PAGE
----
Peptides of Presenilin-1 Bind the Amyloid Precursor Protein Ectodomain and Offer a Novel and Specific Therapeutic Approach to Reduce β-Amyloid in Alzheimer's Disease

Dewji NN, et al., 10(4):e0122451, PLoS One, 2015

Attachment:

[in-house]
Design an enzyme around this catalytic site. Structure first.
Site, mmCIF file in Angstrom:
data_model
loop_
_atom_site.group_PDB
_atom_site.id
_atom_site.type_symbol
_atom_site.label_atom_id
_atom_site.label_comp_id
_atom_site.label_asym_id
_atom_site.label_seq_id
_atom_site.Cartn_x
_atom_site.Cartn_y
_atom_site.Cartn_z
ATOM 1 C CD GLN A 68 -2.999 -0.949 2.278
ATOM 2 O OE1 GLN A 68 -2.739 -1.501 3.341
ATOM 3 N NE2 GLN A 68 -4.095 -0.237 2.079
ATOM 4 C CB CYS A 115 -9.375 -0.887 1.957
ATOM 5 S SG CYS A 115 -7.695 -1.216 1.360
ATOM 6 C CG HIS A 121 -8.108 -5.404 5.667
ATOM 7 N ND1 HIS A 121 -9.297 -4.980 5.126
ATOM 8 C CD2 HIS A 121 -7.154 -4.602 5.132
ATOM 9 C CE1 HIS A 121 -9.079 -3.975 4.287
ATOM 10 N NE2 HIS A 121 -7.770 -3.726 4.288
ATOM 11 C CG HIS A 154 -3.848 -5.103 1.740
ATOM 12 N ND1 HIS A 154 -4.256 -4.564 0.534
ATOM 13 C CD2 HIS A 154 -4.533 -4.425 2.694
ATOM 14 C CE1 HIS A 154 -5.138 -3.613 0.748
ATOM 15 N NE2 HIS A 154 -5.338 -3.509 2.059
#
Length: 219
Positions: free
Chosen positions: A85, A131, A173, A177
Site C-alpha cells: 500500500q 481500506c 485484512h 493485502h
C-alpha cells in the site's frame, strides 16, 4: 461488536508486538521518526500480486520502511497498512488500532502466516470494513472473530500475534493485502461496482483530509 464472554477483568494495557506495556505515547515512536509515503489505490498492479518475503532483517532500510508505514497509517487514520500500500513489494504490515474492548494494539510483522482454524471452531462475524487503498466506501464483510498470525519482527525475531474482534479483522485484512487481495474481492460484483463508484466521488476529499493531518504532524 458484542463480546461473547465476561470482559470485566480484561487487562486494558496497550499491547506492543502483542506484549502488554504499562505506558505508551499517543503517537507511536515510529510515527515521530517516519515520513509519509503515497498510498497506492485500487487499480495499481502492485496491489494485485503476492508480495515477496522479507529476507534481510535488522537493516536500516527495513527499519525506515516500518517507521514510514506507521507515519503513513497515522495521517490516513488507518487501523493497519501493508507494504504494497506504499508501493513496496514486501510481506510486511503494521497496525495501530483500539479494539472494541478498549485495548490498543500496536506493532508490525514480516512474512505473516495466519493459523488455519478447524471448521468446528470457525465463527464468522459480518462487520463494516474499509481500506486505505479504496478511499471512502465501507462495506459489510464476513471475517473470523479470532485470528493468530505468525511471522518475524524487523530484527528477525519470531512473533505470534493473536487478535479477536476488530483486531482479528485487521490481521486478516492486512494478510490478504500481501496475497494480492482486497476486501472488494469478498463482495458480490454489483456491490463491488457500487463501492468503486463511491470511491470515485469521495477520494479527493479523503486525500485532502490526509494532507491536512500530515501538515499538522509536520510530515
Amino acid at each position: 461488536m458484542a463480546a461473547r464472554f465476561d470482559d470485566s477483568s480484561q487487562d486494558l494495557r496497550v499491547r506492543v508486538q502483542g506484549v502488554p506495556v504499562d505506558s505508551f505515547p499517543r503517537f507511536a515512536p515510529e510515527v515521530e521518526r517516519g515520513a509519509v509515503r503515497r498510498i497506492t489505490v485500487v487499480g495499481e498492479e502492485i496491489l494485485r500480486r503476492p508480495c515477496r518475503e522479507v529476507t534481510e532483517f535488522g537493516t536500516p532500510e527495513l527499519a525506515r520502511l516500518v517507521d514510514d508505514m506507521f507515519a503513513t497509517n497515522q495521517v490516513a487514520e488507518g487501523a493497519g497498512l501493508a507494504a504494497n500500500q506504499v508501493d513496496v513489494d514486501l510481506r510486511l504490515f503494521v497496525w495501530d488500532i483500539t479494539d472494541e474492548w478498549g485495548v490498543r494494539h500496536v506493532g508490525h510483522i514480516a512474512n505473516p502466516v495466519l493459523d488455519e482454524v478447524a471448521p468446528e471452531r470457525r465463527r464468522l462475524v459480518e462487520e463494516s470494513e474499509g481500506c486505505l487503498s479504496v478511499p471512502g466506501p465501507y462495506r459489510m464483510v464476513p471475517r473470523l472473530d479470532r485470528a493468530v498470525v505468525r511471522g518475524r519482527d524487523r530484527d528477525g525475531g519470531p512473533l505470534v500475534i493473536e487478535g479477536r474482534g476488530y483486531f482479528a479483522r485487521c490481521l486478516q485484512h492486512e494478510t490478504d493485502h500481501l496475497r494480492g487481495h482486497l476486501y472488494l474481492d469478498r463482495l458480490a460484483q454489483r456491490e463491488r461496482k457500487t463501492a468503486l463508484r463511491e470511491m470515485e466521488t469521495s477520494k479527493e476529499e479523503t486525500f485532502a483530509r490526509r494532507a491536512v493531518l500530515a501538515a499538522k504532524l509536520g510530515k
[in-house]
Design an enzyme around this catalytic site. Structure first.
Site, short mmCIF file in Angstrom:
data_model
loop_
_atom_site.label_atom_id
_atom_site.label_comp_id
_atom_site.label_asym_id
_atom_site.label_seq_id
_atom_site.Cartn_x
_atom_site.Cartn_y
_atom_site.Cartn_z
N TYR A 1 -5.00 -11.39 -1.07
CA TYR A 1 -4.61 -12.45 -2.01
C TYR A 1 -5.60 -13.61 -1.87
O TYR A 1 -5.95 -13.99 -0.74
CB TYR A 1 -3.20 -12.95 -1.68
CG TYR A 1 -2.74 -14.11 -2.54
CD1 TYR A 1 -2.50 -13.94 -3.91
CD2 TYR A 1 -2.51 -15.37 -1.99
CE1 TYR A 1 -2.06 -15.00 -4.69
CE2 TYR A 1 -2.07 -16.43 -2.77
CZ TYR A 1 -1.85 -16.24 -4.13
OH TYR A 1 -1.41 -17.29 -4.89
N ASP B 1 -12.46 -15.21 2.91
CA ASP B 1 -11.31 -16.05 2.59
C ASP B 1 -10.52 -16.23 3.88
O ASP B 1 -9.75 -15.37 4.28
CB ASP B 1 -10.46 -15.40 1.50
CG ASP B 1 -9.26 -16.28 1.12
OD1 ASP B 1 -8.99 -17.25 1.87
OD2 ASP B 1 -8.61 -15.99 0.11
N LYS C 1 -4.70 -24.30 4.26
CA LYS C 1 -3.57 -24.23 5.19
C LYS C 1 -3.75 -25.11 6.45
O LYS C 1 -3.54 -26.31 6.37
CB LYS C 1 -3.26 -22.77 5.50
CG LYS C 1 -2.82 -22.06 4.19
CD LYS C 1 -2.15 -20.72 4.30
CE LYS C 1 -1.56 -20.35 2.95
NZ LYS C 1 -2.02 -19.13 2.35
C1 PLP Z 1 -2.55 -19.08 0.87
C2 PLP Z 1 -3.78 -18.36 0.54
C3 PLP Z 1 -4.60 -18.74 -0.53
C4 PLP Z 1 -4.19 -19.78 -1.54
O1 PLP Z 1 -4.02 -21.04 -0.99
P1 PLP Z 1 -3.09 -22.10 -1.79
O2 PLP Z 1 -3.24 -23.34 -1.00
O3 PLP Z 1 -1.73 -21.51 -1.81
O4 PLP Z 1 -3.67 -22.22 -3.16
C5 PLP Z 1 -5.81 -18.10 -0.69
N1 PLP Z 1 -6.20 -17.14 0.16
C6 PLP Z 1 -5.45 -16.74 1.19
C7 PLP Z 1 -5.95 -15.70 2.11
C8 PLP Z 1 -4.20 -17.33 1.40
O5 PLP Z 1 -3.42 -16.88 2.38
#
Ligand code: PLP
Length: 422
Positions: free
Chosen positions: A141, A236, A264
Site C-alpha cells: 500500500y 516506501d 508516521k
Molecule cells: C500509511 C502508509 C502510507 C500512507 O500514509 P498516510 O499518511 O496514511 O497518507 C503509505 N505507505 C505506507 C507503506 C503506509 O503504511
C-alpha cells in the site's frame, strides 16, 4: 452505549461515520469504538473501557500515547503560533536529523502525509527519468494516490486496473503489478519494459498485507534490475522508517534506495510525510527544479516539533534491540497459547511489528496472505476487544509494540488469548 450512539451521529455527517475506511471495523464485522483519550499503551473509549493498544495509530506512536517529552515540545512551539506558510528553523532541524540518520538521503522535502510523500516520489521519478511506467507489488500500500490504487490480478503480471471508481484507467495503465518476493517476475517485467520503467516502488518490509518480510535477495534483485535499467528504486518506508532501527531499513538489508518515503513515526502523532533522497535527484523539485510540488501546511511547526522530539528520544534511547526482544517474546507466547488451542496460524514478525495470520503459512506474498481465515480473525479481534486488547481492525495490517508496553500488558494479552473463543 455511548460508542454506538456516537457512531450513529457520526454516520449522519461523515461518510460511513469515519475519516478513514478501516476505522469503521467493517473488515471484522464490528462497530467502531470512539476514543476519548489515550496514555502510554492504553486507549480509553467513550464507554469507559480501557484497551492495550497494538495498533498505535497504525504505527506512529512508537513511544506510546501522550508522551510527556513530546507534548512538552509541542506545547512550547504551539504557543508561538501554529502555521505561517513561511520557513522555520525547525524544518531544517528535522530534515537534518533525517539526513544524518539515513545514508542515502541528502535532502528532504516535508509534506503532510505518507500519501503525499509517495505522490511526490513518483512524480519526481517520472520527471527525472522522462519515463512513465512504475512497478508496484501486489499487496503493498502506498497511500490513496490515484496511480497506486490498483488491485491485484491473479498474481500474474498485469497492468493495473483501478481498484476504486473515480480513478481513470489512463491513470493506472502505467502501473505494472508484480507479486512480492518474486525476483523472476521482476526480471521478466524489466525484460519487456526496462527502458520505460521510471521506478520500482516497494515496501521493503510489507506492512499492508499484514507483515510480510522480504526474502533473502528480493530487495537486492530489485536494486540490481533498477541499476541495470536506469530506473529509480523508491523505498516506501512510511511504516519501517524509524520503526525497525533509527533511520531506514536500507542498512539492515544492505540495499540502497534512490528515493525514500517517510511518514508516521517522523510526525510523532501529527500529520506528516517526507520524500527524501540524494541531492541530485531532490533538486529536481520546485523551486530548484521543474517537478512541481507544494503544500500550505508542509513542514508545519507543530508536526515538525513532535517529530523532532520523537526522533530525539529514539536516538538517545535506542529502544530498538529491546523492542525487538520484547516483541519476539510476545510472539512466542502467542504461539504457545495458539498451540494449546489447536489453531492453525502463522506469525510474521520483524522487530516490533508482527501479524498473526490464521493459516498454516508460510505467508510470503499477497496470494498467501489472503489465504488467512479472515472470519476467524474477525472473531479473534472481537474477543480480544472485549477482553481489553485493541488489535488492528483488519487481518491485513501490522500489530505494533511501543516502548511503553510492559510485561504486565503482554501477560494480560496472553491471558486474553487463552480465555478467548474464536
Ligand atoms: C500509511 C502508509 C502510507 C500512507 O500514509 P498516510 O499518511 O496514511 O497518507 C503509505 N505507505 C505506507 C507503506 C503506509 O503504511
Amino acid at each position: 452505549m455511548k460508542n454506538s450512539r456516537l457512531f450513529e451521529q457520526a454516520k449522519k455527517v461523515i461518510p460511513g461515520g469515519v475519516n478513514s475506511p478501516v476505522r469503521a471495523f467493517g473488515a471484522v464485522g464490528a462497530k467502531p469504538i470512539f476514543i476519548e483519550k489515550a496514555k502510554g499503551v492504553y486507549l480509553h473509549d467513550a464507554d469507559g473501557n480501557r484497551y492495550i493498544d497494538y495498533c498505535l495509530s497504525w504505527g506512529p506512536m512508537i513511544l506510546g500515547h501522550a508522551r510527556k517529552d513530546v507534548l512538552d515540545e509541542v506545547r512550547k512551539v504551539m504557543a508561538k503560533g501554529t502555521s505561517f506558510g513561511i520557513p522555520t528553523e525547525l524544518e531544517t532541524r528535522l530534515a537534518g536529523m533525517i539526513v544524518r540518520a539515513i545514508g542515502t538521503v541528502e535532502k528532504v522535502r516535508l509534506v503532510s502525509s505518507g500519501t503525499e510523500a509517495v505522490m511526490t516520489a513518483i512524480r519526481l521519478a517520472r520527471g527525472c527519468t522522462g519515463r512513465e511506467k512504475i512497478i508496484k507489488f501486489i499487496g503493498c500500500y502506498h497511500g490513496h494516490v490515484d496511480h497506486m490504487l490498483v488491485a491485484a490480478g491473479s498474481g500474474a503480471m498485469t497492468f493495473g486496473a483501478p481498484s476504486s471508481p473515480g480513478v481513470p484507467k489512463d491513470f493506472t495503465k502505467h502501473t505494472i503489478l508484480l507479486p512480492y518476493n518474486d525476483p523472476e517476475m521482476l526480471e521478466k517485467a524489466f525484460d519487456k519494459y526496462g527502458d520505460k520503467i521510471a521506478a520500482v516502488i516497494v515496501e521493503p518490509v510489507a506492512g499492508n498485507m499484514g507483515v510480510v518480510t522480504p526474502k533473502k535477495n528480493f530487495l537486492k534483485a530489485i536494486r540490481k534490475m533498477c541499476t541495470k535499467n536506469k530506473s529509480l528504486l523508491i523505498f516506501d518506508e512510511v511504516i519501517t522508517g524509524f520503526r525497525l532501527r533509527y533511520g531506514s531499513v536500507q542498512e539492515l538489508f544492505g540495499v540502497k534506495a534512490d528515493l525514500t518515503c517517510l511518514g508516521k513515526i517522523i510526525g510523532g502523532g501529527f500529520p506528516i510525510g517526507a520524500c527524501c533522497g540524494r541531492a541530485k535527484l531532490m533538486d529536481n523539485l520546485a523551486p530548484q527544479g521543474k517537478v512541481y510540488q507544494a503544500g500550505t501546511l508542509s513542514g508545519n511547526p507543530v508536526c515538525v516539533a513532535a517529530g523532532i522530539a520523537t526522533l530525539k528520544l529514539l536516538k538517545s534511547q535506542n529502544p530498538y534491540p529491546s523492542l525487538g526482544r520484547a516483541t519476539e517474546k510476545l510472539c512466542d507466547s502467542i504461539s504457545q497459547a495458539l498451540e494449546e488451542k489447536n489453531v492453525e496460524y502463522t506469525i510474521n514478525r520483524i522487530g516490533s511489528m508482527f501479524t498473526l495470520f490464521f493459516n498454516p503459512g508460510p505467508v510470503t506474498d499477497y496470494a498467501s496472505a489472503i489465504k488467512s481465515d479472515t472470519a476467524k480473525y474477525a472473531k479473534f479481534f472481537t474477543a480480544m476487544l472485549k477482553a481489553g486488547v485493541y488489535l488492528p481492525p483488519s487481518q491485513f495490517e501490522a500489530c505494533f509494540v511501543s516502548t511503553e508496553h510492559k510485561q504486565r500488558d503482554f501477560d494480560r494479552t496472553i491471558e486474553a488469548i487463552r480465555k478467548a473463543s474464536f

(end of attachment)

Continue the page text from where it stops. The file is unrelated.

Alzheimer's disease (AD) pathogenesis is widely accepted to be triggered by the accumulation of the amyloid-β (Aβ) in the brain. Aβ is a set of oligopeptides each of which is proteolytically cleaved from β-amyloid precursor protein (APP) by β-secretase and γ-secretase. Presenilin (PS)-1 or -2 act as the catalyst in this process. Most of the current approaches used to treat AD aim to inhibit the effects of Aβ by altering the activities of β- or γ-secretase. This article reveals a novel and completely different approach to reduce the production of Aβ without affecting the catalytic activities of β- or γ-secretase. The binding affinities of synthetic peptides P1, scrambled P1, P4, P5, P7 and P8 for the soluble ectodomain of APP or control IgG were studied by Bio-Layer Interferometry (BLI) on a Pall ForteBio Octet RED96 instrument. Streptavidin (SA) Biosensor probes were immobilized with biotinylated peptides. Biosensor tips were then immersed in various concentrations of APPs. Kinetic parameters (KD, kon, and koff) were determined for each binding interaction. Overall findings of this study demonstrate that the two small peptides from PS-1 NH2-terminal domain, P4 and P8 effectively reduce the production of Aβ in AD model systems. These peptides and their derivatives offer promising new drug leads for the development of future AD therapeutics.

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